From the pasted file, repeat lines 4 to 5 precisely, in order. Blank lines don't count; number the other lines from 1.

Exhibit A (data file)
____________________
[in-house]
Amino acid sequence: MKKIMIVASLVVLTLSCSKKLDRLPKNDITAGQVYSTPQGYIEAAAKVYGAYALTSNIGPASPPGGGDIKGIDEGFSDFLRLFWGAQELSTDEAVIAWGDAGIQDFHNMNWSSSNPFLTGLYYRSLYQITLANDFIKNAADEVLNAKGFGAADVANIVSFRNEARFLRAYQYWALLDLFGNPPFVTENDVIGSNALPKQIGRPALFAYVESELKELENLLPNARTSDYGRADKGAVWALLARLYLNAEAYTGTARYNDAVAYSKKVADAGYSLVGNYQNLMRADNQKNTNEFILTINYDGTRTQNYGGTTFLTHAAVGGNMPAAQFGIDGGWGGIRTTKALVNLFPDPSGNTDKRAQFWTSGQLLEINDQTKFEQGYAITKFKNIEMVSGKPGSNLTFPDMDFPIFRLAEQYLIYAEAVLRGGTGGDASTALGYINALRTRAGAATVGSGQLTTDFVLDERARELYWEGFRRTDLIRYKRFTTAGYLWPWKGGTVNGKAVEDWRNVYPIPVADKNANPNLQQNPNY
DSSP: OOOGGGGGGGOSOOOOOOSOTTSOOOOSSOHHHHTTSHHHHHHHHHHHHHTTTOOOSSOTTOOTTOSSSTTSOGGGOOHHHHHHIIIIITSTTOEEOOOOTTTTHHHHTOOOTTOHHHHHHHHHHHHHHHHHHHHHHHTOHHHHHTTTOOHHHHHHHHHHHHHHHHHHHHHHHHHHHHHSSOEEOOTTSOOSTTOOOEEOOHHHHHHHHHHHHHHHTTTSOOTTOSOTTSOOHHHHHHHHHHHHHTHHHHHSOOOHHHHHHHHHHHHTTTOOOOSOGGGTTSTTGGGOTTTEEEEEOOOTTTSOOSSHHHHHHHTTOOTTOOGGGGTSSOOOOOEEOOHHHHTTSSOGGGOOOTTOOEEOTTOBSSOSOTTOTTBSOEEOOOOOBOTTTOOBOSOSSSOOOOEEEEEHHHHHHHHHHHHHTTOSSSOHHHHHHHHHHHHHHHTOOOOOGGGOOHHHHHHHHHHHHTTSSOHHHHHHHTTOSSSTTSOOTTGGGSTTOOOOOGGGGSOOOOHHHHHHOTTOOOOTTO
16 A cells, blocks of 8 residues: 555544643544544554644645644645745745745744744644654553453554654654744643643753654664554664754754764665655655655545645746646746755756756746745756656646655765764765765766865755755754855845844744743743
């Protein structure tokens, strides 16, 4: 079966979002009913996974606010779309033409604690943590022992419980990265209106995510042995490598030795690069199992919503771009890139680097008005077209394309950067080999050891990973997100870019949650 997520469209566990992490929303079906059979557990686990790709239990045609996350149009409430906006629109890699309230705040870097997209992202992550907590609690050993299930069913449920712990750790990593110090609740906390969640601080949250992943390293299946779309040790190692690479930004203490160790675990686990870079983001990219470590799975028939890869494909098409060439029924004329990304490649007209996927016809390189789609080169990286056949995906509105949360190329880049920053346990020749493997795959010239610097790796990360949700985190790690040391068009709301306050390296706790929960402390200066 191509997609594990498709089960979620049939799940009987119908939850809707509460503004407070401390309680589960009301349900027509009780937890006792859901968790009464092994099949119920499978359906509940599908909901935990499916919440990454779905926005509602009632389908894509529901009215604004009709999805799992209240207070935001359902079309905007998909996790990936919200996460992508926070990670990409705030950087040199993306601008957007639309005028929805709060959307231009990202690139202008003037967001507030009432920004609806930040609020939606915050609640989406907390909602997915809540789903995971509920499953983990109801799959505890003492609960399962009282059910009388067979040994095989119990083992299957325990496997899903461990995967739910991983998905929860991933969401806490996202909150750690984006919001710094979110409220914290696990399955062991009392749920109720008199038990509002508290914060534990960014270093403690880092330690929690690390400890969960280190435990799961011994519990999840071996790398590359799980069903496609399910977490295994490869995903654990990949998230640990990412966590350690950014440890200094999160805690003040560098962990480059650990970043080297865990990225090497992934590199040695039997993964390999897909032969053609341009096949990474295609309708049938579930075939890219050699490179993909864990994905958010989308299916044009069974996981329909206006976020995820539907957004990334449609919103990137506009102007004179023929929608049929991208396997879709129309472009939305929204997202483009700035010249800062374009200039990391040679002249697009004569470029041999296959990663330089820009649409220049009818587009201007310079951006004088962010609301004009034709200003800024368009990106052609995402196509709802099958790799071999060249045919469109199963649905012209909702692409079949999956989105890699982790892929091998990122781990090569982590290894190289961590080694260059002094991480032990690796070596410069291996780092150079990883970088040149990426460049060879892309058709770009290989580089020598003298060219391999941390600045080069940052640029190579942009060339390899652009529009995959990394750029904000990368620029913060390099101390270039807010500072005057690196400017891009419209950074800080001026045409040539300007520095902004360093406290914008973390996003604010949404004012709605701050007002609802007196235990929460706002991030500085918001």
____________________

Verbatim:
16 A cells, blocks of 8 residues: 555544643544544554644645644645745745745744744644654553453554654654744643643753654664554664754754764665655655655545645746646746755756756746745756656646655765764765765766865755755754855845844744743743
């Protein structure tokens, strides 16, 4: 079966979002009913996974606010779309033409604690943590022992419980990265209106995510042995490598030795690069199992919503771009890139680097008005077209394309950067080999050891990973997100870019949650 997520469209566990992490929303079906059979557990686990790709239990045609996350149009409430906006629109890699309230705040870097997209992202992550907590609690050993299930069913449920712990750790990593110090609740906390969640601080949250992943390293299946779309040790190692690479930004203490160790675990686990870079983001990219470590799975028939890869494909098409060439029924004329990304490649007209996927016809390189789609080169990286056949995906509105949360190329880049920053346990020749493997795959010239610097790796990360949700985190790690040391068009709301306050390296706790929960402390200066 191509997609594990498709089960979620049939799940009987119908939850809707509460503004407070401390309680589960009301349900027509009780937890006792859901968790009464092994099949119920499978359906509940599908909901935990499916919440990454779905926005509602009632389908894509529901009215604004009709999805799992209240207070935001359902079309905007998909996790990936919200996460992508926070990670990409705030950087040199993306601008957007639309005028929805709060959307231009990202690139202008003037967001507030009432920004609806930040609020939606915050609640989406907390909602997915809540789903995971509920499953983990109801799959505890003492609960399962009282059910009388067979040994095989119990083992299957325990496997899903461990995967739910991983998905929860991933969401806490996202909150750690984006919001710094979110409220914290696990399955062991009392749920109720008199038990509002508290914060534990960014270093403690880092330690929690690390400890969960280190435990799961011994519990999840071996790398590359799980069903496609399910977490295994490869995903654990990949998230640990990412966590350690950014440890200094999160805690003040560098962990480059650990970043080297865990990225090497992934590199040695039997993964390999897909032969053609341009096949990474295609309708049938579930075939890219050699490179993909864990994905958010989308299916044009069974996981329909206006976020995820539907957004990334449609919103990137506009102007004179023929929608049929991208396997879709129309472009939305929204997202483009700035010249800062374009200039990391040679002249697009004569470029041999296959990663330089820009649409220049009818587009201007310079951006004088962010609301004009034709200003800024368009990106052609995402196509709802099958790799071999060249045919469109199963649905012209909702692409079949999956989105890699982790892929091998990122781990090569982590290894190289961590080694260059002094991480032990690796070596410069291996780092150079990883970088040149990426460049060879892309058709770009290989580089020598003298060219391999941390600045080069940052640029190579942009060339390899652009529009995959990394750029904000990368620029913060390099101390270039807010500072005057690196400017891009419209950074800080001026045409040539300007520095902004360093406290914008973390996003604010949404004012709605701050007002609802007196235990929460706002991030500085918001």